2004 Chevrolet Aveo from North America


Thank goodness that I evidently got a good one

General Comments:

I like the way it sits and handles, but that is personal.

Good mpg (in the 30s), but not for power-hungry drivers (dropped to 29 in the middle of winter, short town drives, up again in warm as is usual with most cars; I just had front-end alignment and the mpg went from 33 to 35; don't know whether due to summer and longer trips, or alignment, but although the mechanic said it hadn't been bad, it did seem to steer slightly better afterward).

It has a crank to raise the seat, which is handy to position the head looking out the middle of the driver's side of the windshield.

Full sized spare tire well, with a donut-tire inside. I got a real spare tire on a real rim, and it fits in the spare well. I had to cut top from the styrofoam jack-holder (sits within the upside-down spare tire) to make it fit into a real spare (handy also to have a piece of thick metal as a bottom support for jack in case of need; car-makers never think of this; I made one myself).

Key has a chip and will not start without it, and a spare key costs lots at a dealership - however, that is better than what I did: chip key does not register as such in the key center at hardware store, so I had a spare made, which promptly got stuck in the ignition lock (not their fault; but I later warned them against this type of car, re key). Had to get new ignition lock, now have sets of keys, one for doors and one for ignition. Don't go this route. Beware of key problems with this car.

Speedometer could have been placed a bit to the left of where it is; its placement is that when right hand is on steering wheel, in standard position, and driving gloves on (in cold weather), can block its view at times from driver.

The odometer is digital, and hard to read unless the real headlights are on. Daytime running lights tend to fool one into thinking that the lights are on at night (I have had the habit for years of turning full lights on in rainy weather anyway, and still do). I have seen others who have been misled by daytime running lights; what good is a "safety" feature that may be unsafe? Check the dashboard panel to make sure the lights are on.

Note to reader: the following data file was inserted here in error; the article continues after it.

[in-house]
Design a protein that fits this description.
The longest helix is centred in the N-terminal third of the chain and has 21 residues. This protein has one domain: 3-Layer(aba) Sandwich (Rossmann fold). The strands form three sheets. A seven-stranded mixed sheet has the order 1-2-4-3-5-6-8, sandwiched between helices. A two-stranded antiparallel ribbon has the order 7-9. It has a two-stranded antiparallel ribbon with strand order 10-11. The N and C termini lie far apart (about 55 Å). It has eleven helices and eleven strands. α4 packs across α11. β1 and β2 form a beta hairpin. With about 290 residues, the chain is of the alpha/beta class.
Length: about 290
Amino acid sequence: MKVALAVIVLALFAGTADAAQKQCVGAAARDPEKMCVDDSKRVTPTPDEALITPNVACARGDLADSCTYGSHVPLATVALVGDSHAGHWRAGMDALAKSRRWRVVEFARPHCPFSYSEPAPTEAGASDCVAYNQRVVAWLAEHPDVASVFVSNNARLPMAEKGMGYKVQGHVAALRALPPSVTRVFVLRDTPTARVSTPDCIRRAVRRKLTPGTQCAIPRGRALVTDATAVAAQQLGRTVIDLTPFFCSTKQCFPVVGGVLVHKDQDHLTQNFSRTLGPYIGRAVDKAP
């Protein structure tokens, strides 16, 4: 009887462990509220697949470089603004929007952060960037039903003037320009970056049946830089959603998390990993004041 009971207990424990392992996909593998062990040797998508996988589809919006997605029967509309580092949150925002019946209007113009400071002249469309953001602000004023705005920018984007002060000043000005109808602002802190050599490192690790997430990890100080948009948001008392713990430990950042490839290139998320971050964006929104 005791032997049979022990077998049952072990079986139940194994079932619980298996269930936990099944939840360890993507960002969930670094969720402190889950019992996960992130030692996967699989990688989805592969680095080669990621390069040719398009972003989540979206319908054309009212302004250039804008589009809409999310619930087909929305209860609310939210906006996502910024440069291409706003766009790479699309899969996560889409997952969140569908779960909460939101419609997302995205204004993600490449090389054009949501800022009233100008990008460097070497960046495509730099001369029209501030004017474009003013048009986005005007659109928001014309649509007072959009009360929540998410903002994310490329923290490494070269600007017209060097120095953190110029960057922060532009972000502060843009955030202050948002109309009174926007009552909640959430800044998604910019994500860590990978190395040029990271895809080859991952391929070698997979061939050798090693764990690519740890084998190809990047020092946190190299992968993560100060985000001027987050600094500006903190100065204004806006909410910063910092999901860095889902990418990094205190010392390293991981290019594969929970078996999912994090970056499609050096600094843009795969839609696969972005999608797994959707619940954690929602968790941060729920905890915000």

Center brake light really could have been mounted instead on bottom of rear window, as its position on top tends to block a bit of far-off view (I am used to an old station wagon with wide glass rear window which let me see rear way off).

Rear seat head rests blocked some view, so I removed them and store them in a bag under the front passenger seat in case I ever have a rear seat passenger, will install them for that.

Locking system is a bit crazy - the driver side door lock controls all door locks, whether you want it or not. I'd have designed it better. Should have choice as to locking trunk, but no such choice (the trunk light comes on whatever door is open, not just the trunk door, so I put in a switch to fix that).

Beware of lifting car by rocker-panel lips; they can mash (at least in the middle-rear; I think the dealer did that, the former maintainer did not recognize that one. I had it fixed, and do not plan to have that dealer lift the car again). In the back, the big beam between the wheel and the body support seems strong enough. I tend to use wheel supports when in doubt, if they are strong enough. If one looks underneath, one can see that the places the little divets are, toward the extreme front and rear of rocker panels, are reinforced more than most of it, and I think these may be the jack points (the driver manual says nothing about it).

I like the car better than I liked the (non-Chevy) dealer. I had just bought a case of engine oil and an oil filter, and met the guy who recognized the car (by its very small dents and dings) - his wife was the former owner and he had maintained it well, and I liked him. It's nice to know that a used vehicle has been taken care of by its previous drivers. I plan to take care of it, and keep a little book for its records.